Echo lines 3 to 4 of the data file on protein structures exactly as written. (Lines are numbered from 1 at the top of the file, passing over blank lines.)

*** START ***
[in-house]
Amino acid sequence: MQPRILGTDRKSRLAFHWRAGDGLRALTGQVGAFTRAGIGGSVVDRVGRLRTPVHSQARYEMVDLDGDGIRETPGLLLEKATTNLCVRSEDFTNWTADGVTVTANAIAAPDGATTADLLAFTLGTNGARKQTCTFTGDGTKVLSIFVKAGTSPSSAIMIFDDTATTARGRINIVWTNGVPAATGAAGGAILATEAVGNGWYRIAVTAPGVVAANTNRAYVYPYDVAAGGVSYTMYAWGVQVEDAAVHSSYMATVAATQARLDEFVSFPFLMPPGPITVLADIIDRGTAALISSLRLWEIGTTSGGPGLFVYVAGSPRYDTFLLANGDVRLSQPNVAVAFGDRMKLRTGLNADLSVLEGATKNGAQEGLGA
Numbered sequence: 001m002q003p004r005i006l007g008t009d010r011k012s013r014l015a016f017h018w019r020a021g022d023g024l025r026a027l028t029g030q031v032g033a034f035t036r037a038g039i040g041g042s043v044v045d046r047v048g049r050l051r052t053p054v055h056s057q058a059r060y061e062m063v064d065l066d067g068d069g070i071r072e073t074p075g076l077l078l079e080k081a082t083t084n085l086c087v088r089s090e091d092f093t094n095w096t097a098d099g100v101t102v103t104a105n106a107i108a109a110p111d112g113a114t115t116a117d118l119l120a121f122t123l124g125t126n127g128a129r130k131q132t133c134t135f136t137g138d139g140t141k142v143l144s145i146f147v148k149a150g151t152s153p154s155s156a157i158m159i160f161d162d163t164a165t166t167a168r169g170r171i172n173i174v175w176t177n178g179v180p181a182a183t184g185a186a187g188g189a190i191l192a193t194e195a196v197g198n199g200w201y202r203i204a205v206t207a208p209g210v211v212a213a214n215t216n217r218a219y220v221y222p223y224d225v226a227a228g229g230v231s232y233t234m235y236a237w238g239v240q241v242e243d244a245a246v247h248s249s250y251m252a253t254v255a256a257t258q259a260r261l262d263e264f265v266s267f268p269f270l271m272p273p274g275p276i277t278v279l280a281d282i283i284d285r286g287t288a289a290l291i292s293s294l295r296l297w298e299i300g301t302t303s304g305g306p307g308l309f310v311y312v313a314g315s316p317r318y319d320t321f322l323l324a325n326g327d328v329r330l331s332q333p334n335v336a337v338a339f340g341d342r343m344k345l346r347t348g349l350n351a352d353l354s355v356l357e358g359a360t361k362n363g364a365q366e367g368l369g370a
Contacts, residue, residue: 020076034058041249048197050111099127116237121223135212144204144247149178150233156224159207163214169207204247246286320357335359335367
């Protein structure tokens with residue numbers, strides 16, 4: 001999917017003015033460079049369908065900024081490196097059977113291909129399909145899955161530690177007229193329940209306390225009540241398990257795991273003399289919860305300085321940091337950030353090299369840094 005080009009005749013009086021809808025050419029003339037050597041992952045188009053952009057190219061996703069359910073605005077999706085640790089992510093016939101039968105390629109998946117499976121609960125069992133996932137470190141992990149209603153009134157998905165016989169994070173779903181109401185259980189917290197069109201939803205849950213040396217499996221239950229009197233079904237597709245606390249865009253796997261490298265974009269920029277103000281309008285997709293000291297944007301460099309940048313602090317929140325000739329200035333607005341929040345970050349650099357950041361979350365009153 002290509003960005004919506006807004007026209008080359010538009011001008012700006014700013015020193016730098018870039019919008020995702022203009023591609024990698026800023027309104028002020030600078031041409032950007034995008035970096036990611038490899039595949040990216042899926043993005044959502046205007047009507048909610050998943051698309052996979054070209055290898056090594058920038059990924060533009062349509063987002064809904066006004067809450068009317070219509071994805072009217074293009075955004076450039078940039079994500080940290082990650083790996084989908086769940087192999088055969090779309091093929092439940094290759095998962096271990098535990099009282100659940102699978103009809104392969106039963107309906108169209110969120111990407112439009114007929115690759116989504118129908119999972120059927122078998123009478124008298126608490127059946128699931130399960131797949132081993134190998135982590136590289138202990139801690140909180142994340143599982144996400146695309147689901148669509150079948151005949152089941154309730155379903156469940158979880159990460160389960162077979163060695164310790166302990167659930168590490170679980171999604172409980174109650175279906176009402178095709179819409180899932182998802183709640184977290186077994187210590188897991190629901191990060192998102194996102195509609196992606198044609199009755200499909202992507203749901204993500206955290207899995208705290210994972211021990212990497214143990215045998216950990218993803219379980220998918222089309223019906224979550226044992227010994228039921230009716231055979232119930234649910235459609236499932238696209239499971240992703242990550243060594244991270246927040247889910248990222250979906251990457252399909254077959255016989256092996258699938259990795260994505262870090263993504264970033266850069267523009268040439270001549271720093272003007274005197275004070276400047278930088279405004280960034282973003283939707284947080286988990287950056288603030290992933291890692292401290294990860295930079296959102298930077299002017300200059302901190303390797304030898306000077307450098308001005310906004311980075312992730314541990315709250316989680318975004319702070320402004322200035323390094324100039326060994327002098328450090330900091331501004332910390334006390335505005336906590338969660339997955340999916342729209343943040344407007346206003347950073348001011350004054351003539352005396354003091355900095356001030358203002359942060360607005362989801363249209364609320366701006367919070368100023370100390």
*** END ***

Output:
Numbered sequence: 001m002q003p004r005i006l007g008t009d010r011k012s013r014l015a016f017h018w019r020a021g022d023g024l025r026a027l028t029g030q031v032g033a034f035t036r037a038g039i040g041g042s043v044v045d046r047v048g049r050l051r052t053p054v055h056s057q058a059r060y061e062m063v064d065l066d067g068d069g070i071r072e073t074p075g076l077l078l079e080k081a082t083t084n085l086c087v088r089s090e091d092f093t094n095w096t097a098d099g100v101t102v103t104a105n106a107i108a109a110p111d112g113a114t115t116a117d118l119l120a121f122t123l124g125t126n127g128a129r130k131q132t133c134t135f136t137g138d139g140t141k142v143l144s145i146f147v148k149a150g151t152s153p154s155s156a157i158m159i160f161d162d163t164a165t166t167a168r169g170r171i172n173i174v175w176t177n178g179v180p181a182a183t184g185a186a187g188g189a190i191l192a193t194e195a196v197g198n199g200w201y202r203i204a205v206t207a208p209g210v211v212a213a214n215t216n217r218a219y220v221y222p223y224d225v226a227a228g229g230v231s232y233t234m235y236a237w238g239v240q241v242e243d244a245a246v247h248s249s250y251m252a253t254v255a256a257t258q259a260r261l262d263e264f265v266s267f268p269f270l271m272p273p274g275p276i277t278v279l280a281d282i283i284d285r286g287t288a289a290l291i292s293s294l295r296l297w298e299i300g301t302t303s304g305g306p307g308l309f310v311y312v313a314g315s316p317r318y319d320t321f322l323l324a325n326g327d328v329r330l331s332q333p334n335v336a337v338a339f340g341d342r343m344k345l346r347t348g349l350n351a352d353l354s355v356l357e358g359a360t361k362n363g364a365q366e367g368l369g370a
Contacts, residue, residue: 020076034058041249048197050111099127116237121223135212144204144247149178150233156224159207163214169207204247246286320357335359335367